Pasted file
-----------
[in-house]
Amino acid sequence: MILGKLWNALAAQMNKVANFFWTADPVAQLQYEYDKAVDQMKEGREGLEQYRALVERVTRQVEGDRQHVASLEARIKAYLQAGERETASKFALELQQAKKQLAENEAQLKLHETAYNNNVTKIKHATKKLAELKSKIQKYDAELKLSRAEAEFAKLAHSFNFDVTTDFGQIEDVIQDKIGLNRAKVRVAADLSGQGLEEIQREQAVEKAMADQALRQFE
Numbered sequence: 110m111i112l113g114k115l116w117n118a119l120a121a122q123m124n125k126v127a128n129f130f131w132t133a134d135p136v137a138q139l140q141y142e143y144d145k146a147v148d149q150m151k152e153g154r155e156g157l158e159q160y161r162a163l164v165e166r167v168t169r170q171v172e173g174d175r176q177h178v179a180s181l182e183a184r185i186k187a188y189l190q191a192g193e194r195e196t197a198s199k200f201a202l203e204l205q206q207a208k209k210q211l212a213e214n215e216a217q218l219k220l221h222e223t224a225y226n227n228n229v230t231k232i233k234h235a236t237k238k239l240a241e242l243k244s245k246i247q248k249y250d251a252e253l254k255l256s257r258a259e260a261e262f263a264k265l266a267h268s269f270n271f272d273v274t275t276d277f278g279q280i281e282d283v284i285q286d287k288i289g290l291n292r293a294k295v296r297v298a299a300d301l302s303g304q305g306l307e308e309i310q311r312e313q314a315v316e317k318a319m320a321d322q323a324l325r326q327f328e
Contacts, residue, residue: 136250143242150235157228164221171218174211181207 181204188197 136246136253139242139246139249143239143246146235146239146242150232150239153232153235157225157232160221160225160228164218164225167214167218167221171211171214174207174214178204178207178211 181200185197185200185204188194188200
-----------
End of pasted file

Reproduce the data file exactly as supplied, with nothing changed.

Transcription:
[in-house]
Amino acid sequence: MILGKLWNALAAQMNKVANFFWTADPVAQLQYEYDKAVDQMKEGREGLEQYRALVERVTRQVEGDRQHVASLEARIKAYLQAGERETASKFALELQQAKKQLAENEAQLKLHETAYNNNVTKIKHATKKLAELKSKIQKYDAELKLSRAEAEFAKLAHSFNFDVTTDFGQIEDVIQDKIGLNRAKVRVAADLSGQGLEEIQREQAVEKAMADQALRQFE
Numbered sequence: 110m111i112l113g114k115l116w117n118a119l120a121a122q123m124n125k126v127a128n129f130f131w132t133a134d135p136v137a138q139l140q141y142e143y144d145k146a147v148d149q150m151k152e153g154r155e156g157l158e159q160y161r162a163l164v165e166r167v168t169r170q171v172e173g174d175r176q177h178v179a180s181l182e183a184r185i186k187a188y189l190q191a192g193e194r195e196t197a198s199k200f201a202l203e204l205q206q207a208k209k210q211l212a213e214n215e216a217q218l219k220l221h222e223t224a225y226n227n228n229v230t231k232i233k234h235a236t237k238k239l240a241e242l243k244s245k246i247q248k249y250d251a252e253l254k255l256s257r258a259e260a261e262f263a264k265l266a267h268s269f270n271f272d273v274t275t276d277f278g279q280i281e282d283v284i285q286d287k288i289g290l291n292r293a294k295v296r297v298a299a300d301l302s303g304q305g306l307e308e309i310q311r312e313q314a315v316e317k318a319m320a321d322q323a324l325r326q327f328e
Contacts, residue, residue: 136250143242150235157228164221171218174211181207 181204188197 136246136253139242139246139249143239143246146235146239146242150232150239153232153235157225157232160221160225160228164218164225167214167218167221171211171214174207174214178204178207178211 181200185197185200185204188194188200